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Government Sues to Put Drug Company Out of Business

When the federal government started issuing press releases about an Arkansas drug company, it was about as lethal as the lawsuit that followed.

The Federal Drug Administration alerted health care professionals and patients not to use drugs from Cantrell Drug Company. Adding injury to insult, the U.S. Department of Justice also issued a press release when it sued the company for allegedly distributing adulterated drugs.

Dr. James McCarley, Jr., founder and chief executive of the company, responded by issuing his own press release and filing his own suit against the government.

From 1952 Until?

Cantrell has been in business since 1952, providing injectable pharmaceuticals that are used primarily in hospitals. But that may be about to end because the federal government is trying to put the company out of business.

"My back is really against the wall," McCaley said. "The FDA has inspected us twice in the last year and voiced concerns about quality deficiencies that are strictly regulatory in nature and not in response to any product problem or patient illness."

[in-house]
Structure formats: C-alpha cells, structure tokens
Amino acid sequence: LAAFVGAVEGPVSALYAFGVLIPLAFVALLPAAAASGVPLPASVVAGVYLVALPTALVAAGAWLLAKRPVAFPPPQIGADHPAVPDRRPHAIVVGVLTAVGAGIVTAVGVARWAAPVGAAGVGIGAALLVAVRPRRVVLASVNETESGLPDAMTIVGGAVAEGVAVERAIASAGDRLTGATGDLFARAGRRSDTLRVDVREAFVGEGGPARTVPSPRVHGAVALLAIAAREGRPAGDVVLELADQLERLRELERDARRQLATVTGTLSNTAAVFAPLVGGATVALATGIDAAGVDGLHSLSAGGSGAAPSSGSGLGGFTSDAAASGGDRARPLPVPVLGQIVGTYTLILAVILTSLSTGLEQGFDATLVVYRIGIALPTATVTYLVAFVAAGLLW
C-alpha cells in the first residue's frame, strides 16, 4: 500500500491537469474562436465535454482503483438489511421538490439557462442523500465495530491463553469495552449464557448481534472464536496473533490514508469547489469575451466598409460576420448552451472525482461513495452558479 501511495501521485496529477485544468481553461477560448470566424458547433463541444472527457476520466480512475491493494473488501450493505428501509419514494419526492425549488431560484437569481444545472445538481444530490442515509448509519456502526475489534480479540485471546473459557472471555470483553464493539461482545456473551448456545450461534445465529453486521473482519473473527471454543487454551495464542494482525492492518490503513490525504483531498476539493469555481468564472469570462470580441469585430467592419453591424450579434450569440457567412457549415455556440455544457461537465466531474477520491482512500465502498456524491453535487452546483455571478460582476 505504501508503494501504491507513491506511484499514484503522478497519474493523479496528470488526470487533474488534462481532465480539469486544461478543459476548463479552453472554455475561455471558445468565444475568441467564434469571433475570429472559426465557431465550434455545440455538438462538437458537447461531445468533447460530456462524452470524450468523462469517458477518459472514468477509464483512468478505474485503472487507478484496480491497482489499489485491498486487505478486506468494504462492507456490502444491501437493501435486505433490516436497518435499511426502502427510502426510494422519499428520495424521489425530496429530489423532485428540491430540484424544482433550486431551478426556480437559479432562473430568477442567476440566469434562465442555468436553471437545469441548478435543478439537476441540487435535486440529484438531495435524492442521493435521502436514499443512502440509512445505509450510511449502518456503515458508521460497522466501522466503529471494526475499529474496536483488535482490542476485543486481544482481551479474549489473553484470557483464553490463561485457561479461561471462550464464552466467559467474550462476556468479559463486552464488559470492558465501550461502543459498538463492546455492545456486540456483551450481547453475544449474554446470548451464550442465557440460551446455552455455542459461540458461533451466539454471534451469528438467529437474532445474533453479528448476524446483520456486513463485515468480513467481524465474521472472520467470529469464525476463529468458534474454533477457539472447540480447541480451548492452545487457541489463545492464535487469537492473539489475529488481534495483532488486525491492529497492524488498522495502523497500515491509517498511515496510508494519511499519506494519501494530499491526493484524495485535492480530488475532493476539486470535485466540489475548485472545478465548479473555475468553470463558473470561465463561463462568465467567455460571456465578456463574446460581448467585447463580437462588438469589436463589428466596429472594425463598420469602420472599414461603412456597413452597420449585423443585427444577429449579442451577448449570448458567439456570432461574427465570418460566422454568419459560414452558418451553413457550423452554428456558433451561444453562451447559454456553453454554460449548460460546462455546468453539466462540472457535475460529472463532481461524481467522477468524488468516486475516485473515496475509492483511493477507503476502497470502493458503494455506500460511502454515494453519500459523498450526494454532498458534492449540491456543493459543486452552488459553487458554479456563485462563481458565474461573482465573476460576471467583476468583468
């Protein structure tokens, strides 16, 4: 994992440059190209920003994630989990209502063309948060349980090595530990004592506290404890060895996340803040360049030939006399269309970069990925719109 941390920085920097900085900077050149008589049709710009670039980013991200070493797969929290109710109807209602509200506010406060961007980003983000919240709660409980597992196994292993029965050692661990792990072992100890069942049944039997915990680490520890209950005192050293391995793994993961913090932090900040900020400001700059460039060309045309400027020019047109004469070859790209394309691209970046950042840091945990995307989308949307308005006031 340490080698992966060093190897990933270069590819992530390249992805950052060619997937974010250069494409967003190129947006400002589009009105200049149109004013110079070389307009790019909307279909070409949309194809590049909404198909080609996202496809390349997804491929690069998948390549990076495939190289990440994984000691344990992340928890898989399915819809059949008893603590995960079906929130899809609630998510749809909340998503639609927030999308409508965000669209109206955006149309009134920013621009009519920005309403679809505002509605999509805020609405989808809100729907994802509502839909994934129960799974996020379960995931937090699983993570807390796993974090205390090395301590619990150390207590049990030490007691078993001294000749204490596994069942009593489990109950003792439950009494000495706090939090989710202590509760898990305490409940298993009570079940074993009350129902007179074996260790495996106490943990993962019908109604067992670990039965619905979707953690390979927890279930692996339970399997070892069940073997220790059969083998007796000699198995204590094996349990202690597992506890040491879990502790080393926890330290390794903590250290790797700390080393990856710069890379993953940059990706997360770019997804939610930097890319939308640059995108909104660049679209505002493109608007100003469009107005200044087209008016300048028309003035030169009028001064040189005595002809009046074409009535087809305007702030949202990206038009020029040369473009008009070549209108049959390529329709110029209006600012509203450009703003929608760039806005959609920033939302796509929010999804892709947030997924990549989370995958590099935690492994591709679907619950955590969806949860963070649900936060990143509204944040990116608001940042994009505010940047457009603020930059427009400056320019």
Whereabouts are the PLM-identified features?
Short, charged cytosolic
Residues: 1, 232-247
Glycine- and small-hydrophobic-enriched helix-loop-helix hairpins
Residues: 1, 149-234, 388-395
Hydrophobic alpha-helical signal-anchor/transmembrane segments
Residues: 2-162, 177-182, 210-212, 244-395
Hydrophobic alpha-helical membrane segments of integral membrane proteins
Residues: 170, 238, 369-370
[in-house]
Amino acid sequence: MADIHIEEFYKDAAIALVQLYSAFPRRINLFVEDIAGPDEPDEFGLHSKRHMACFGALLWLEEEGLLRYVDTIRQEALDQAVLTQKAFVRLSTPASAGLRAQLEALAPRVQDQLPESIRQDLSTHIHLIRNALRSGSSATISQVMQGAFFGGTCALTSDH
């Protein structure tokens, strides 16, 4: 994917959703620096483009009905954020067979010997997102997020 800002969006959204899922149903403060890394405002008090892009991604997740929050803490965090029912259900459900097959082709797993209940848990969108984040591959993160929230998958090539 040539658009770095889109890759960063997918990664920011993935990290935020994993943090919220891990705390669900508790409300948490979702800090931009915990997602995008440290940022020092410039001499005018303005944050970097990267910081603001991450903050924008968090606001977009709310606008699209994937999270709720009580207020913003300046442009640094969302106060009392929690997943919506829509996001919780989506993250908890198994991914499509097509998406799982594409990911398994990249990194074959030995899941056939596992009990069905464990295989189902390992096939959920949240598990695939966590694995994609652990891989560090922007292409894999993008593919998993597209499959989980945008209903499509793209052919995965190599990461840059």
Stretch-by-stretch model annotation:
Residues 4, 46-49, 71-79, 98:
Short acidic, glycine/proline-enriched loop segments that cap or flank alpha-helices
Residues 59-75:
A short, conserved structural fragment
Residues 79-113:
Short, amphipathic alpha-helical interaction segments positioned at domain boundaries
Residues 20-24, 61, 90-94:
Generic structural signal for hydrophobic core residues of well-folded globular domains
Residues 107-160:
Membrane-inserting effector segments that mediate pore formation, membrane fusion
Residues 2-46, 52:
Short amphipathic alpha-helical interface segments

The doctor is asking a bankruptcy court to stop the FDA from shutting him down. Meanwhile, the government is seeking a temporary restraining order to do just that.

"The Department of Justice is committed to ensuring that patients receiving compounded drugs are protected by the safeguards established in federal law," said Acting Assistant Attorney General Chad A. Readler.

"Insanitary Conditions"

In its lawsuit, the justice department says FDA inspected the drug company and found "evidence of insanitary conditions and significant deviations" from good practice regulations. The complaint says it found clean-room areas with microbes of bacteria in excess of their "action limit."

According to the government, certain bacteria could cause "serious adverse effects" to patients. The FDA also found "spore-forming bacteria" in areas used for drug compounding and on operator gloves.

The proposed injunction would require Cantrell to cease operations and to recall and destroy all non-expired drugs manufactured or distributed by the company.

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